Development of a Non-adjuvanted VLP Vaccine against Stealth H7N9 Influenza

Period of Performance: 07/01/2016 - 06/30/2017


Phase 1 SBIR

Recipient Firm

Epivax, Inc.
Principal Investigator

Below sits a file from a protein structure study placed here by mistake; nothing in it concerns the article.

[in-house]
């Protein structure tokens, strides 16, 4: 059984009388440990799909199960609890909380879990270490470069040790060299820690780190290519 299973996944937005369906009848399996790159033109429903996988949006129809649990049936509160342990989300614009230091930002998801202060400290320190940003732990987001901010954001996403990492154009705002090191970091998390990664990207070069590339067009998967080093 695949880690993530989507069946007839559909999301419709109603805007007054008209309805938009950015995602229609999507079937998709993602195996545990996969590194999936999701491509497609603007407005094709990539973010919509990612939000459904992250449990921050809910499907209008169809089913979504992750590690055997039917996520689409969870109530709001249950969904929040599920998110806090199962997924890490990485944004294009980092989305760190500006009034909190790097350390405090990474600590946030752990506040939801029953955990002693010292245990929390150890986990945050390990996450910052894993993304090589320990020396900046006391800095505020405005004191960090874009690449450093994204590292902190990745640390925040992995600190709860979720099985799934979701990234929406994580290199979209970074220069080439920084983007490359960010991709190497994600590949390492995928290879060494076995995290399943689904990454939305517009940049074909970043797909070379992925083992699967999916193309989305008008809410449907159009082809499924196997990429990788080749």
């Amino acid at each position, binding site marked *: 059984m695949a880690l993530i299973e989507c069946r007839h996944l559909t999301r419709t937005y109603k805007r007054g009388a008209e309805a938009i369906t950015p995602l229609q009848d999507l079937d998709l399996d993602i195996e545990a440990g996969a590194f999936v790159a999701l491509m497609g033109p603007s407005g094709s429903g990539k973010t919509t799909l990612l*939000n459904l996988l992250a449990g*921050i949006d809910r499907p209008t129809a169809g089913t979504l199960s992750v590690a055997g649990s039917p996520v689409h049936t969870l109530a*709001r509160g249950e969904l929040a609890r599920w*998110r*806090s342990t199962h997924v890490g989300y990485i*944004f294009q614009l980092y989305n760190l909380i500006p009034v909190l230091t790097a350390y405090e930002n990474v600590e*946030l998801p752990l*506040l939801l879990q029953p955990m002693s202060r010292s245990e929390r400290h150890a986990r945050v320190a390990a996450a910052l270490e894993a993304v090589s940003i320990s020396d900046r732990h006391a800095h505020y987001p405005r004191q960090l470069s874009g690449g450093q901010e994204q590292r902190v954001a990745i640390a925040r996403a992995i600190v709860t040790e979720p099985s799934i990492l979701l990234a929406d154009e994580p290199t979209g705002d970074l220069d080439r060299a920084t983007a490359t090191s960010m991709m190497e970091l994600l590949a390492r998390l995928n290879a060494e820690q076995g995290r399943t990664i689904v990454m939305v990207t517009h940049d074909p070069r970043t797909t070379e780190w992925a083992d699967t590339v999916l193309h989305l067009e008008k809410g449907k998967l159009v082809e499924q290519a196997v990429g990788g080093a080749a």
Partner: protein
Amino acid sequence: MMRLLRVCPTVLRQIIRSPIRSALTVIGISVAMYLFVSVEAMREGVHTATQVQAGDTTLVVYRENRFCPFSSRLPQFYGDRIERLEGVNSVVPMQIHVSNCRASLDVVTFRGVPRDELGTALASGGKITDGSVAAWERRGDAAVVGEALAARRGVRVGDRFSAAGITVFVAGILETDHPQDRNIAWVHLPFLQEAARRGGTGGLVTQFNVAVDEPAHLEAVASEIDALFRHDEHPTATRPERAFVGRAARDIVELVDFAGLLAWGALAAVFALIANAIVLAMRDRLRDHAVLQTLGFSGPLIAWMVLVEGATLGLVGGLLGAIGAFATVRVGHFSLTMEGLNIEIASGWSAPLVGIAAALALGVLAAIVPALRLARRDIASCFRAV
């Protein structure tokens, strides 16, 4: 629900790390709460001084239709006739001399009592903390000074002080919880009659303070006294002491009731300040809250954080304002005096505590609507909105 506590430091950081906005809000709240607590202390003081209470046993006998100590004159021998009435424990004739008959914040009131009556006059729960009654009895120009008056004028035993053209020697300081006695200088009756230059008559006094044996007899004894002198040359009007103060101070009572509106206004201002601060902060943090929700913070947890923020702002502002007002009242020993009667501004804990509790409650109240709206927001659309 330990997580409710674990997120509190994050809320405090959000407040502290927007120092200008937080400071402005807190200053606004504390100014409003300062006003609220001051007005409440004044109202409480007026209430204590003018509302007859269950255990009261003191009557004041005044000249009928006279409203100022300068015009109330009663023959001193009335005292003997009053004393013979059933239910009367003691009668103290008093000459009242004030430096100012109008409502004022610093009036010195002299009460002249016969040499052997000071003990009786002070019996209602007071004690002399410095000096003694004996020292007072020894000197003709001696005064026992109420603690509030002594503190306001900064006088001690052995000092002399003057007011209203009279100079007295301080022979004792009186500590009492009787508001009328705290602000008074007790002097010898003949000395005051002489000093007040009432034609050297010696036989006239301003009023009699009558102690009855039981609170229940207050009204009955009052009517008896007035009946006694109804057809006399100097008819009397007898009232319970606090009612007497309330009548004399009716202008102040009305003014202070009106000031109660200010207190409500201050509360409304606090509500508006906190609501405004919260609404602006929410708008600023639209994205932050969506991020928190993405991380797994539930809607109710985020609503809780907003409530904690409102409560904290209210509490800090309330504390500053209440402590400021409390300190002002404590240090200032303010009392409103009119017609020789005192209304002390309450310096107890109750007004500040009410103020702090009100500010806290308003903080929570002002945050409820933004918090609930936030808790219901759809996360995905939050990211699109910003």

? DESCRIPTION (provided by applicant): The avian-origin H7N9 influenza virus that emerged in humans in China in 2013 presents a unique challenge to vaccine development because it is poorly immunogenic. Neutralizing antibodies are not detected in acute-phase infection. Anti-H7 antibody responses are significantly delayed and exhibit low avidity, in comparison with antibodies generated following seasonal influenza vaccination and infection. Furthermore, unadjuvanted H7N9 vaccines developed using conventional approaches elicit weak hemagglutinin-inhibition (HAI) antibody titers in clinical trials. Adjuvanted formulations may overcome this limitation but present significant regulatory challenges because adverse effects have recently been associated with adjuvanted influenza vaccines. Alternative vaccine approaches are needed to redress the low immunogenicity of H7N9 and circumvent safety risks. Because HAI titers are directly related to effector CD4+ T cell frequencies induced by vaccination, we hypothesize that a vaccine strategy that enhances effector CD4+ T cell activation will improve H7N9 vaccine efficacy without requiring adjuvant formulation. In published studies, we observed that the T cell epitope content of H7N9 virus differs significantly from more immunogenic influenza subtypes. H7N9 contains fewer T cell epitopes and some epitopes stimulate regulatory T cells (Tregs) that may help the virus evade effector responses needed for protection. These findings suggest that H7N9 vaccine design that carefully addresses the T cell subsets primed by immunization will overcome limitations of conventional vaccine approaches. The goal of this research program is to produce an unadjuvanted, influenza H7N9 virus-like particle (VLP) vaccine that augments effector CD4+ T cell responses and diminishes Treg effects for enhanced protection against disease. This new SBIR program will apply cutting edge computational and experimental methods that EpiVax has successfully applied against influenza and other viral and bacterial pathogens, as well as deep experience in influenza VLP production and vaccine testing in collaboration with Dr. Ted Ross at the University of Georgia. Two different engineered VLP strategies will be tested: (i) addition of effector epitopes and (ii) removal of Treg epitopes. Using these prototype effector T cell epitope-enhanced VLP vaccines in the proof-of-concept program described here, we will evaluate the vaccines for immunogenicity and efficacy and move forward in a Phase II program to further optimize efficacy and complete safety/toxicity studies in the run up to clinical trial.